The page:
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Want to take part in a citizen science experiment?

Posted: 6:52 PM, Sep 28, 2018
Updated: 2018-09-28 18:52:13-04
Want to take part in a citizen science experiment?
Want to take part in a citizen science experiment?

Pay attention to the Intracoastal Waterway in Palm Beach County. You might see cards floating around.

It's part of a pollution study and scientists say they need your help with it.

The ANGARI Foundation , a non-profit marine science research lab in West Palm Beach, is working on a citizen science experiment called the Lake Worth Lagoon Drift Card Study .

Scientists have tossed about 240 eco-friendly drift cards into the Lake Worth Lagoon. They want to study the currents to figure out where trash is going and building up around the Intracoastal.

“We’re all in Lake Worth Lagoon, we’re all connected to one another," said Angela Rosenberg, president of the ANGARI foundation. “If there is trash in the water, no matter how it got there -- where is it going?”

Researchers want anyone who finds the cards to report it in with the location it was found, date, time and a photo. The information must be emailed in to lagoondrift@angari.org.

The cards are biodegradable and were deployed on Sept. 9. Most of the cards -- which are made out of wood and chemical-free materials -- usually disintegrate after two weeks. The card is to be kept and disposed of responsibly. Do not toss it back into the water.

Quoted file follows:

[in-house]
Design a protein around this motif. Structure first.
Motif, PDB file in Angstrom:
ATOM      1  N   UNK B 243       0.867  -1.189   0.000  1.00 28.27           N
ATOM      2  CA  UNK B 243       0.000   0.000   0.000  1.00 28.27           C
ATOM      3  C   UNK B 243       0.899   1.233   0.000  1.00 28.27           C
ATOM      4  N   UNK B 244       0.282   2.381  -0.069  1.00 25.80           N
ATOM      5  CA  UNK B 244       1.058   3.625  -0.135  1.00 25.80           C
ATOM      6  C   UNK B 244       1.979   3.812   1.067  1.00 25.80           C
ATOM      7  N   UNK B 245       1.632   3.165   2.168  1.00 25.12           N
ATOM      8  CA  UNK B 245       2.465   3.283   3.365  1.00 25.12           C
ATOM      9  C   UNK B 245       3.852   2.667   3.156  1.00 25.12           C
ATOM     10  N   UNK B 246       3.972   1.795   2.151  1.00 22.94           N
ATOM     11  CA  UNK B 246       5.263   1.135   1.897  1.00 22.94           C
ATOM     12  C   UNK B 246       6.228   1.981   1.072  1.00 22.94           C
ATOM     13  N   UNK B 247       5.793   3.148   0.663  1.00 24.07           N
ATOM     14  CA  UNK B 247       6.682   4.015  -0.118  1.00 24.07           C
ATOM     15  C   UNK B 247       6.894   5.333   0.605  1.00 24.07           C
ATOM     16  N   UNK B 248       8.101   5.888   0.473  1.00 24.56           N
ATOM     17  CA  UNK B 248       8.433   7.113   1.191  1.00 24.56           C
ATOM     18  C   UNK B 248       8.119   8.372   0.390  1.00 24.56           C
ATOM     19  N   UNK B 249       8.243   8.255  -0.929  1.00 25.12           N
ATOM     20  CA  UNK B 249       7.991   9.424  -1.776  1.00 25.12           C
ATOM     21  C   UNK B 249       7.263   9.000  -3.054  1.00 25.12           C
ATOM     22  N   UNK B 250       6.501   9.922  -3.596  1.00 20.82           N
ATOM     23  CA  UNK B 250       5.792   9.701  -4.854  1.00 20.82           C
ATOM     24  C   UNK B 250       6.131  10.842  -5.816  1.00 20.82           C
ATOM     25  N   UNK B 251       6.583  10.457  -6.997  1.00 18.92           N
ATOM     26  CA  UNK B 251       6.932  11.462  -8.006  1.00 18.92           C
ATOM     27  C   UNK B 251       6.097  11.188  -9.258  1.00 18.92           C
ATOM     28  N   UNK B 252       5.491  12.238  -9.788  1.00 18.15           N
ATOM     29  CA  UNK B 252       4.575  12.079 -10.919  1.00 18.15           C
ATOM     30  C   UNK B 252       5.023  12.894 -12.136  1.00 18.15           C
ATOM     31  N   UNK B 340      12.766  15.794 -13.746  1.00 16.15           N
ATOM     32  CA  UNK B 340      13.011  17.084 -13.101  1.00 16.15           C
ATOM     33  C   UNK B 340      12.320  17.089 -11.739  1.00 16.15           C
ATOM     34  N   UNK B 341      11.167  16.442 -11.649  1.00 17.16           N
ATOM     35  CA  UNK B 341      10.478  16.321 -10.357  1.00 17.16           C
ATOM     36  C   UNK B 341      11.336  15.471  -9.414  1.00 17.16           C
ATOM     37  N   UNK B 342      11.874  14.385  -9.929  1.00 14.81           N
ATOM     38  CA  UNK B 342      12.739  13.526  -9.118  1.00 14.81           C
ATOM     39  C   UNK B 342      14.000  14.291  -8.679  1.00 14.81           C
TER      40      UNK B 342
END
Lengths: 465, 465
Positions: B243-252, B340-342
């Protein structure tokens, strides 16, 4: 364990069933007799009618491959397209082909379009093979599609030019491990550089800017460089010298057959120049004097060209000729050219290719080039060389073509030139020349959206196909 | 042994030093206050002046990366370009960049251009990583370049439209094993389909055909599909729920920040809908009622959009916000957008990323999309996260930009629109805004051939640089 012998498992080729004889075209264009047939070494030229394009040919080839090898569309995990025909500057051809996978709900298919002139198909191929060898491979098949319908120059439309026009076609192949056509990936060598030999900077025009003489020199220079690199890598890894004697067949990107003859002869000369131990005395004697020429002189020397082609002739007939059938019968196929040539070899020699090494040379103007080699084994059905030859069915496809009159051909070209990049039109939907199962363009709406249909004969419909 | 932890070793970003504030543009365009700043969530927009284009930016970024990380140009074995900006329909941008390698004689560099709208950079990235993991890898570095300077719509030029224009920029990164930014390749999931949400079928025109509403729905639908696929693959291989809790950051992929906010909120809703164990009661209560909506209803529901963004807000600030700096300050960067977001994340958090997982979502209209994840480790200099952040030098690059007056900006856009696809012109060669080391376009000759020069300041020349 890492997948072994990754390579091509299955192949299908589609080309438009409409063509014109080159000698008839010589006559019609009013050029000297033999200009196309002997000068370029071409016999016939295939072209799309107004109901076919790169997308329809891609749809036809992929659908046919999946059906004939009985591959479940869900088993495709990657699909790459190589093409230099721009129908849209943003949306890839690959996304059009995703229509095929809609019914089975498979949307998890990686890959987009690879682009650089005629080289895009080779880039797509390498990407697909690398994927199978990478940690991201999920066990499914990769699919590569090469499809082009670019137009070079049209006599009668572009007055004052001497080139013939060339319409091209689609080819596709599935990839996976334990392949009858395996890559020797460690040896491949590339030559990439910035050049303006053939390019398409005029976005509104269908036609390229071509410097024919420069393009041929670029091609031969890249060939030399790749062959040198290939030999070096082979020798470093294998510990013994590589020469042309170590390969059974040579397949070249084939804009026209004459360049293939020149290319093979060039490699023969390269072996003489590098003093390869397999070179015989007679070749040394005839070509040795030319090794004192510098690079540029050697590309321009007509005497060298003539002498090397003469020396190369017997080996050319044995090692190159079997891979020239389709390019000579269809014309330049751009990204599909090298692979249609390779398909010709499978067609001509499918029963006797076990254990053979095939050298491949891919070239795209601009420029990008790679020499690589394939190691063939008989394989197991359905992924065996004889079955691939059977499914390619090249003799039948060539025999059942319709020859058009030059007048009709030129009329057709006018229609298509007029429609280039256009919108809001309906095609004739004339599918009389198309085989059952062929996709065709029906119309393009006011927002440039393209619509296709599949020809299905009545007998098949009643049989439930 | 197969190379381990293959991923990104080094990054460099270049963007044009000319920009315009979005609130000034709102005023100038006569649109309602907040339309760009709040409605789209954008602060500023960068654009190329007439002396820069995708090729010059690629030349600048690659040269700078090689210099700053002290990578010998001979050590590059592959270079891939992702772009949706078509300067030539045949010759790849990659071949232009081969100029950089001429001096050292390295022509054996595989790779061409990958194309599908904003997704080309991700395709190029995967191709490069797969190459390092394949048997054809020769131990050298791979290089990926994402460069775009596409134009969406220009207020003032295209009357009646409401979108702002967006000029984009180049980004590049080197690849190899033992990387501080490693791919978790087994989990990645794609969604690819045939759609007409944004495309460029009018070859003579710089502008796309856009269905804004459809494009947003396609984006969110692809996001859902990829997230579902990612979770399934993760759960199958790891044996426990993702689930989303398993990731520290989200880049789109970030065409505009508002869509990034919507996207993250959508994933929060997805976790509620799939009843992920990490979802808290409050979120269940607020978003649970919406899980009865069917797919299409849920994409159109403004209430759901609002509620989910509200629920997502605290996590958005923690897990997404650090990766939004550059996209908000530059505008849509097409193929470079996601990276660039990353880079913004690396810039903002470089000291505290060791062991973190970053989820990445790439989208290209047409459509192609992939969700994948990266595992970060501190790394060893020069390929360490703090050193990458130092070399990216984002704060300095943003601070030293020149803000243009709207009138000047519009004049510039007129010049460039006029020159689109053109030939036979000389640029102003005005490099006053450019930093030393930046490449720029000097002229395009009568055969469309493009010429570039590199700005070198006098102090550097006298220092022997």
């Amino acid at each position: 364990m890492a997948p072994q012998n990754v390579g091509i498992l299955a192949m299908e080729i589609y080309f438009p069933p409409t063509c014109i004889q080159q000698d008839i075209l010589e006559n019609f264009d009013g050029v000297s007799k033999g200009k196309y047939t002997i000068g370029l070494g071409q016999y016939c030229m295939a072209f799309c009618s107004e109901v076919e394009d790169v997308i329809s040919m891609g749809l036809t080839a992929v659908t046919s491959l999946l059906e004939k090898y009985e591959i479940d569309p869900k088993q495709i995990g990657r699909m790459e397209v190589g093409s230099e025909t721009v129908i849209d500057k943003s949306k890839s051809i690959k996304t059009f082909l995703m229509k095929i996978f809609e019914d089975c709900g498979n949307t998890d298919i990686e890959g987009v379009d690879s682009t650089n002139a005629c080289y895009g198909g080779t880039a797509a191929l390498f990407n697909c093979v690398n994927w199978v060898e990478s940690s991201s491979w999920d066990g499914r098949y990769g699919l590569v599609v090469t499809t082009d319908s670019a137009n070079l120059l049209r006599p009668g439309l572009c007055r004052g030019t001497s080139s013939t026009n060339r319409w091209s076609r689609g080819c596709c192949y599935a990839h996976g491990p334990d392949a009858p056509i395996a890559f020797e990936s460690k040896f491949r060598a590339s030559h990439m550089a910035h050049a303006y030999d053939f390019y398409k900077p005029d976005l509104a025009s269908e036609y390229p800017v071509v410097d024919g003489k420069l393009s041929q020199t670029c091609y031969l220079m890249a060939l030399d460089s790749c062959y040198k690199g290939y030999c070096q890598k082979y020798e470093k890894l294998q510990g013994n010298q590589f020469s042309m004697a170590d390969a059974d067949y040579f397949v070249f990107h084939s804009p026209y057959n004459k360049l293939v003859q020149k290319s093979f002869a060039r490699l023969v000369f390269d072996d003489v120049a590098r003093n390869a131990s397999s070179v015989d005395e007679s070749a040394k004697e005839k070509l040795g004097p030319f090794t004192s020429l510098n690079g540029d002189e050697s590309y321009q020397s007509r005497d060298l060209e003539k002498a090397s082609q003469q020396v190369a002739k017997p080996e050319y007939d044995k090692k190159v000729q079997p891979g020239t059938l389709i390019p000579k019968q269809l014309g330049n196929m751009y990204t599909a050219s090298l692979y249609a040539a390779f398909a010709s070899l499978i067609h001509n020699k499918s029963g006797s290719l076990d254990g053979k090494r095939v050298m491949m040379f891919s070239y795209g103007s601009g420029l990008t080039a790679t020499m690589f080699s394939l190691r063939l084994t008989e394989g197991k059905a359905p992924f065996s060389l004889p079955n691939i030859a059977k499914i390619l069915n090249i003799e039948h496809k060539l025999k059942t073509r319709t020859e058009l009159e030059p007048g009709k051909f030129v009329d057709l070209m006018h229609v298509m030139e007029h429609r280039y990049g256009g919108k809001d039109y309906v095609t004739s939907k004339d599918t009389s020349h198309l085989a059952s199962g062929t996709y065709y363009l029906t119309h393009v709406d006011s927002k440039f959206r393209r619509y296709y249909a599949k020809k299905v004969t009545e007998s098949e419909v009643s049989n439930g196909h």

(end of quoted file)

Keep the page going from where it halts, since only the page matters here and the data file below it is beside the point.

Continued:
"We don't want to add to the problem," said Rosenberg. 

The cards were deployed from six sites around the lagoon.

“A lot of the sites that we picked are all around the lagoon in places where there’s canals and outflows that are going to effect the flows of marine debris in the water," said Rosenberg.

About 13 percent of the cards have been reported. There are still more cards floating around and researchers are hopeful more people will participate.

“We’ve had cards found as far south as Hillsboro and as far north as Jupiter," said Rosenberg.

Researchers will compile the data to map out debris hot zones for clean up.

“And to get a better idea where -- heaven forbid -- there’s a spill or something more dramatic, we would know where it would end up so we can better prevent or account for that," said Amanda Waite, director of Science Education for ANGARI.

The idea was born from another study done in Miami, where a huge marine debris problem was reported in Biscayne Bay.

“They were finding a bunch of debris on their beach and wondering where it was coming from," said Rosenberg.

As for Palm Beach County, ANGARI hopes to learn more about trash flow origins as well.

“A lot of these canals that are linked all the way back to Lake Okeechobee, a lot of that trash is making it’s way into the Intracoastal," said Rosenberg.

With each card deployed, the hope is to also raise awareness about keeping this trash out of our waterways.

"On the one hand, it tells us where the beach clean ups should be. And where we can expect to find debris on a regular basis," said Rosenberg. "We want to get people more aware of how they’re affecting their own environment,"  

Another deployment of the drift cards will take place in April 2019.

Click here to learn more about the drift card study .